Not that UWB will necessarily replace those protocols, says Kirsten West, CEO of West Technology Research Solutions in Mountain View, California. Efficiency, cost and the installed base are also important when you're trying to match a protocol to a job, and UWB has properties that can augment Bluetooth, USB or even wired mediums.
Linking component devices in close proximity is one kind of UWB task (see " Get Yourself Connected ," below). But getting video signals to that plasma display on your office wall will take longer to accomplish. Pulse~Link is attacking the task by using pre-existing coaxial and Ethernet cables to stream high-bandwidth DVI and HDMI video across our homes and offices.
The Power of Babble
There are plenty of hurdles to overcome, not the least of which is that our 2,500 electronics companies often use slightly different electronic dialects in their 80,000 products. The IEEE 802.15.3a task group was formed to hammer out a common lingo for them. But after three years, its members decided to disband and let the market sort it out instead.
A side note: Just in case you ever find yourself in a Beauty and the Geek elimination round, one major faction in the debate, the UWB Forum, is promoting Direct Sequence--UWB, or DS--UWB. It's opposed by the WiMedia Alliance, whose brand of geeko-jumbo is called MultiBand Orthogonal Frequency Division Multiplexing, or MB-OFDM. The difference between the two? It's irrelevant to anyone but faction members. Technology can be a little like sausage casings: Sometimes it's better not to know what's inside.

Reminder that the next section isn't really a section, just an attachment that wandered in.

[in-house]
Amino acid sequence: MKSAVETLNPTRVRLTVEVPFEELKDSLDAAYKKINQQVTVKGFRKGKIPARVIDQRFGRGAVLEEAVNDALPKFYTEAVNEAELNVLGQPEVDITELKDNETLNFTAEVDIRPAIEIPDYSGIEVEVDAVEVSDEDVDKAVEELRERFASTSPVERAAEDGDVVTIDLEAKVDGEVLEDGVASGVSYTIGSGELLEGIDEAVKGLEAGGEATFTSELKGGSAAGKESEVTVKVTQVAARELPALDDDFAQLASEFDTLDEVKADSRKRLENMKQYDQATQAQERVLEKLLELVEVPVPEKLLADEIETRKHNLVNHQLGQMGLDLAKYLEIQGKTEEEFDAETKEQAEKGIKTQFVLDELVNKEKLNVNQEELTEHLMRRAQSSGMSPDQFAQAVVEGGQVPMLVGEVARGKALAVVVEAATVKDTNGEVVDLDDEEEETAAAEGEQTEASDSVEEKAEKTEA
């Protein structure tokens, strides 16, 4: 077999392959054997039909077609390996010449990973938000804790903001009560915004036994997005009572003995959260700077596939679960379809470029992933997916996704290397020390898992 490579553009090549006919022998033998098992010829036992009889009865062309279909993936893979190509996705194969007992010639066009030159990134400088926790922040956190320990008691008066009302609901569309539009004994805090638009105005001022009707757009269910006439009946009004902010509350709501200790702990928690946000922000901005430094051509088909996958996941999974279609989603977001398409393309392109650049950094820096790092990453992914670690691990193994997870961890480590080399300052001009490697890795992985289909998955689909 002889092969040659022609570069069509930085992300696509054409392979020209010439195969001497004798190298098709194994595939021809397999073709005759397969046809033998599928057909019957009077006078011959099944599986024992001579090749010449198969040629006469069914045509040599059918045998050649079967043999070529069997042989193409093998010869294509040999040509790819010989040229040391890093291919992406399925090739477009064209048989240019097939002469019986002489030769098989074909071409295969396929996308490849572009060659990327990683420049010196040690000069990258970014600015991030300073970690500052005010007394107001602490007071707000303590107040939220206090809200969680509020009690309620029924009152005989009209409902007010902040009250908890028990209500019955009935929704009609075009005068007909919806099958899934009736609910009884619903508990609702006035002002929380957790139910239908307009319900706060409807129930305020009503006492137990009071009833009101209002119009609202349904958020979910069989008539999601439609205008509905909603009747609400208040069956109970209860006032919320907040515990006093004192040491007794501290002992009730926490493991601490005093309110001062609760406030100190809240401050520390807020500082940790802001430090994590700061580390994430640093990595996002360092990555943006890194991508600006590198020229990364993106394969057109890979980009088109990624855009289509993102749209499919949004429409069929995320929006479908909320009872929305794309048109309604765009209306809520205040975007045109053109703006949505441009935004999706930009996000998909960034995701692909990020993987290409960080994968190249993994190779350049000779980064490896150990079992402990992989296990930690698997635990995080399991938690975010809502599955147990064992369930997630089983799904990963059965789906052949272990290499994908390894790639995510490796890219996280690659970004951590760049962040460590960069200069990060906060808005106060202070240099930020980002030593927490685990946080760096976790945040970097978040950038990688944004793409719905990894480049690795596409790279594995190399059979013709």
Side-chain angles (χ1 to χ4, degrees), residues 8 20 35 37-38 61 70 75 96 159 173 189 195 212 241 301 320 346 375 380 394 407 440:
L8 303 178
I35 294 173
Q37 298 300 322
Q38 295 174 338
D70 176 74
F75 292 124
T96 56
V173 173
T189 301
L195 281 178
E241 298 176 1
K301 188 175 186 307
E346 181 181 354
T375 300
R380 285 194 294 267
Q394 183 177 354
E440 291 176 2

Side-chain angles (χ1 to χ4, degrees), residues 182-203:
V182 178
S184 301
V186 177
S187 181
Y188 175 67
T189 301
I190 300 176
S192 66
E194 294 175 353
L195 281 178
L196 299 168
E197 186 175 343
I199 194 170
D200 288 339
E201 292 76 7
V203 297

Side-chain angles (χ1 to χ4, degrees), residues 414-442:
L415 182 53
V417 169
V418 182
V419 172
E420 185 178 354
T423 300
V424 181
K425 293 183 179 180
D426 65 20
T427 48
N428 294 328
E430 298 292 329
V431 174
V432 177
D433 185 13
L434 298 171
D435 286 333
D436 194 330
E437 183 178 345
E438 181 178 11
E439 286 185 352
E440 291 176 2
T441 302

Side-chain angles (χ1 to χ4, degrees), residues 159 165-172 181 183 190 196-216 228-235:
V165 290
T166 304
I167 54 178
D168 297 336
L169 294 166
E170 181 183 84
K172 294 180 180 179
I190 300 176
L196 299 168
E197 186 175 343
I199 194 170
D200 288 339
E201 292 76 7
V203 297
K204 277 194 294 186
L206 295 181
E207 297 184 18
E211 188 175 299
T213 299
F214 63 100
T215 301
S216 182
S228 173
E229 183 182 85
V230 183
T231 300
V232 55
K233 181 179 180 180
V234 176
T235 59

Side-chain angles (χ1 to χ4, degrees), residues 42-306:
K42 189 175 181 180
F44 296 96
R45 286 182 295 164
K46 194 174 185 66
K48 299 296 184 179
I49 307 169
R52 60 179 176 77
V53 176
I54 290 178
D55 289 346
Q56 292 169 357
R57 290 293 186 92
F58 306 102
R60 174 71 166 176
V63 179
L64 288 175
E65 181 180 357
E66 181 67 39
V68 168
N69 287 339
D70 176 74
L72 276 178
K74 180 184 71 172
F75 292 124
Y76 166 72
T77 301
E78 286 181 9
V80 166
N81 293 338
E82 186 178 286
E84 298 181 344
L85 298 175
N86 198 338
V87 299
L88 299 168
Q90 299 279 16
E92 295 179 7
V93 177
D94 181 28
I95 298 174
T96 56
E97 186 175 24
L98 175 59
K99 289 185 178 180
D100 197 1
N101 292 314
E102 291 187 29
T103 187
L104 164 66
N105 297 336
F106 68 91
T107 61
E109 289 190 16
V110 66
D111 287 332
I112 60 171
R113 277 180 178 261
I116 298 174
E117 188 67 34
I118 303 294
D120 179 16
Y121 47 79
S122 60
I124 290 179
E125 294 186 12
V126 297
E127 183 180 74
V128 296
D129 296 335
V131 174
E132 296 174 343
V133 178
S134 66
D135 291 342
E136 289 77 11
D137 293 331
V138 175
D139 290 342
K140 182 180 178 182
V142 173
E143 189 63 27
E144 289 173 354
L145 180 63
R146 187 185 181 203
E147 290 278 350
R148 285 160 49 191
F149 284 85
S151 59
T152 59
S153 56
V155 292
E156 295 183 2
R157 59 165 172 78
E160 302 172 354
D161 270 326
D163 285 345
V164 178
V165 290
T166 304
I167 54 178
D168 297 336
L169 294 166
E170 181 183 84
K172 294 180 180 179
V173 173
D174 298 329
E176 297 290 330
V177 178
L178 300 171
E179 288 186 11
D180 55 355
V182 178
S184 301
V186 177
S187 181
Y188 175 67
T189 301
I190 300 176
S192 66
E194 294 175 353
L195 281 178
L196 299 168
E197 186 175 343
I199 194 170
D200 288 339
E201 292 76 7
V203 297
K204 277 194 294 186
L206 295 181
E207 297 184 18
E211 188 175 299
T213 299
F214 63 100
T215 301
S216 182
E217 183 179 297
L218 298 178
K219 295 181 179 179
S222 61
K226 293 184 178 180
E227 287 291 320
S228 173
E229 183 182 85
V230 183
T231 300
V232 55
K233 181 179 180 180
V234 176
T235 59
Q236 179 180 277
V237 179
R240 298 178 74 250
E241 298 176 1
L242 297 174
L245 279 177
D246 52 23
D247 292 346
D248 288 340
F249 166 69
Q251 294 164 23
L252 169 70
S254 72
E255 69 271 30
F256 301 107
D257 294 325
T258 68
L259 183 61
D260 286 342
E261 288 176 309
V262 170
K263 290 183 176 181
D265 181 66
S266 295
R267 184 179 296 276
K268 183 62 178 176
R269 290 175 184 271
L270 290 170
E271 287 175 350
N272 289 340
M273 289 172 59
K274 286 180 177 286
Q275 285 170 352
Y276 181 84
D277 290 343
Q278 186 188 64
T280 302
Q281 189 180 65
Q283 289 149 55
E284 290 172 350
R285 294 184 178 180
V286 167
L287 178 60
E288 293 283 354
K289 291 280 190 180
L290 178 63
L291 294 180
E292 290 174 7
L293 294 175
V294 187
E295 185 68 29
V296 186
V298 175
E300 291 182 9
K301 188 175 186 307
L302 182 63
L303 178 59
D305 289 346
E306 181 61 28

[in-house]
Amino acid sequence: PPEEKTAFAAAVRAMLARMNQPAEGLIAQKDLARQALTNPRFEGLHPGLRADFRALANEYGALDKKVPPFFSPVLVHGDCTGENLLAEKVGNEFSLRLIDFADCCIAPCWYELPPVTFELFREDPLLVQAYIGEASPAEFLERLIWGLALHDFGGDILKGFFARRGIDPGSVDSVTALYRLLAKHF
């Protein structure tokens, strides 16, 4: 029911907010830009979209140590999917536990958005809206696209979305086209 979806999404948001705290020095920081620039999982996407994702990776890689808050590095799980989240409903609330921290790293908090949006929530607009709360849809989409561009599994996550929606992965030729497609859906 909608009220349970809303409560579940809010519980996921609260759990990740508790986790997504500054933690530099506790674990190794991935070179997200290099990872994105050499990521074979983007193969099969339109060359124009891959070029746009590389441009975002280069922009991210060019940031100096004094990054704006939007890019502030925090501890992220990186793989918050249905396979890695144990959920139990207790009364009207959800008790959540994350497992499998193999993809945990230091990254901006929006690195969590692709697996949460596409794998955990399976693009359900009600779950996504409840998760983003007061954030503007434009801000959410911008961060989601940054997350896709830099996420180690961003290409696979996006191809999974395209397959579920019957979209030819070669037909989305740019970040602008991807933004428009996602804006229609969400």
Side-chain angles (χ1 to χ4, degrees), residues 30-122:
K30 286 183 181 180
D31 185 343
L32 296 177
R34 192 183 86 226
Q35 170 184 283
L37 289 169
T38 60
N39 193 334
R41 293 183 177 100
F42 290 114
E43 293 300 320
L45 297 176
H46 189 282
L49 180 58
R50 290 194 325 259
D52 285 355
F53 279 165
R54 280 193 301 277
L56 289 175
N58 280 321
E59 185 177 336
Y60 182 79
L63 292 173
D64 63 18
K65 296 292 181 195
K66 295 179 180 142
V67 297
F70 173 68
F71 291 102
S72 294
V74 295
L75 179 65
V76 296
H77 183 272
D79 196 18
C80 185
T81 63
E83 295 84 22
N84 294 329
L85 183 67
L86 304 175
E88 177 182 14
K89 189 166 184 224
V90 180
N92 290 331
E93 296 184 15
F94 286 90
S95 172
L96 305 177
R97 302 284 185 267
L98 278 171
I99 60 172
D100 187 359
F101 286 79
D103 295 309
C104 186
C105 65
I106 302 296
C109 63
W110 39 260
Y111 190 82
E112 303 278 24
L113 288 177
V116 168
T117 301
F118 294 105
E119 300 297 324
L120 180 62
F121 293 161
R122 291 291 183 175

And unless you're a UWB stakeholder, you don't really need to know, says West. You won't have to make a Windows vs. Mac decision when it's time to buy. Sure, you'd like all your devices to interoperate. But the reality of how UWB will evolve is that you'll have plenty of time to wear out your UWB v.1 hardware before you have to fret over your UWB v.2 purchases. About 2 million UWB devices will ship this year, says West, growing to 100 million in only four years. What are the odds that the thousandth device shipped will be around long enough to need compatibility with the millionth?
The truth is that technologies turn over so quickly today, we really don't have any choice but to think of them as disposable. UWB is a good place to try out a new purchasing paradigm in the 21st century: Get it early, use it up, then stow it in the spare bedroom when you trade up to the newer, better, cheaper version.
Get Yourself Connected
The flexibility of wireless UWB will be felt first in your home office. For example, any PC or laptop with one of Gefen's $349 (all prices street) Wireless USB Extenders--small radio dongles--will achieve instant wireless connectivity when another dongle-equipped device comes within 30 feet of it.
Likewise, four printers, scanners or other USB 2.0 devices can be plugged in to Belkin's $129 CableFree USB Hub at one end of a room. A PC or laptop with a Belkin dongle in a USB 2.0 port can seamlessly connect to all of them from the other side of the room.